Interview with Colonel Nancy Jaax, D.V.M., PhD

Colonel Nancy Jaax and her husband, Colonel Gerald Jaax

What motivated you to work with Ebola?

Ebola had just emerged for the second time the year before I came to USAMRIID as a resident in Veterinary Pathology in 1979. It was truly a "mystery virus" at the time, and we knew virtually nothing about it--at that time we didn't even have the tools to classify it accurately. The opportunity to work with such a unique virus was irresistible to me. I also had contracted Hepatitis C from an emergency blood transfusion, (at the time, there was no test for this disease, and it was called "non-A-nonB hepatitis). Whenever I got immunized for a BSL 3 agent, I would experience liver enzyme elevations, so I volunteered to work in a BSL4 lab, where those vaccinations were not a requirement.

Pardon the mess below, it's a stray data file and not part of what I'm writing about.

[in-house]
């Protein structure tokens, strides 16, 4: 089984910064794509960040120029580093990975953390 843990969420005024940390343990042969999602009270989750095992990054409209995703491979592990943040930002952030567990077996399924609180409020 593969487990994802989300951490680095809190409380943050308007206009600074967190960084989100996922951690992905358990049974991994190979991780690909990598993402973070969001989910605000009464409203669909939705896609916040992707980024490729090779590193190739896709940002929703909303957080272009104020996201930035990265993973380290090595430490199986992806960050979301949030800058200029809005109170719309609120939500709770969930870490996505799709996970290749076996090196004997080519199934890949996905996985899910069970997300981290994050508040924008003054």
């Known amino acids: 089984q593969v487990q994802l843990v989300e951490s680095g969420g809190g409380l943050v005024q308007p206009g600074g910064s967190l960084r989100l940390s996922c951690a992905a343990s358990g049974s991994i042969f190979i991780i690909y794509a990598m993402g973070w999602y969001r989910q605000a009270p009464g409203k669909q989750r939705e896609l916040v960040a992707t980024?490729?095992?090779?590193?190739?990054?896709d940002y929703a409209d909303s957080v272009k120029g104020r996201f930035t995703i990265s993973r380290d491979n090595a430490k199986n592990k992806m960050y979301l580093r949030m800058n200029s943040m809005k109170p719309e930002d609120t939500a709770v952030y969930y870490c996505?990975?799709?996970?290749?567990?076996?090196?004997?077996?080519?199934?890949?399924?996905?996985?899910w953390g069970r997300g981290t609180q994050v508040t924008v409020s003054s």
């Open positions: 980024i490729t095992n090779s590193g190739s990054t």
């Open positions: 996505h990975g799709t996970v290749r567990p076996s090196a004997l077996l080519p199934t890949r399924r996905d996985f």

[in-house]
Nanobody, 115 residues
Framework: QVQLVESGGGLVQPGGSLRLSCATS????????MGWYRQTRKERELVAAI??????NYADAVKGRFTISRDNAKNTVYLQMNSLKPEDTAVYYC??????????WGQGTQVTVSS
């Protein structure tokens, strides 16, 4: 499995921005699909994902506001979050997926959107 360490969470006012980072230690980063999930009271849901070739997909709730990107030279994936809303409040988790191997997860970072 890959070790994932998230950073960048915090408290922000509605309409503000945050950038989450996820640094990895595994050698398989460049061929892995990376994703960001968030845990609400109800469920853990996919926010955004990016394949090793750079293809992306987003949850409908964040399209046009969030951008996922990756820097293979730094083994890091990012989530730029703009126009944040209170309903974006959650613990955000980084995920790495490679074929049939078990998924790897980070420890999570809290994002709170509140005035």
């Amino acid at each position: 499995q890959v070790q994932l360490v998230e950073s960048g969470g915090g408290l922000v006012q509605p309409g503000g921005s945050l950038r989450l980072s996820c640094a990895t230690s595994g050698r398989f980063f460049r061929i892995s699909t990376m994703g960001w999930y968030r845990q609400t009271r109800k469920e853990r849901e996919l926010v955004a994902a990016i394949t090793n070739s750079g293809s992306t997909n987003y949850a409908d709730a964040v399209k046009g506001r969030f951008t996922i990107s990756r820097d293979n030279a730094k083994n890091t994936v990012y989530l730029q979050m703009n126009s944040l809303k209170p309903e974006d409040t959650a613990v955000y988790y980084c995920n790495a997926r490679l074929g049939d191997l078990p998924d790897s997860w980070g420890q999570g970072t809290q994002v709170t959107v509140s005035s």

Had you known what you know now about Ebola, would you still have been involved with it at the same level?

Yes. From a pathology point of view, it's a fascinating virus.

What do you think future research on Ebola should look at?

I think it should focus on the pathogenesis and mechanisms of infection, as well as finding the host reservoir. Until we know where this virus lives and exactly how it interacts with the human host , we will be handicapped in our search for an effective treatment.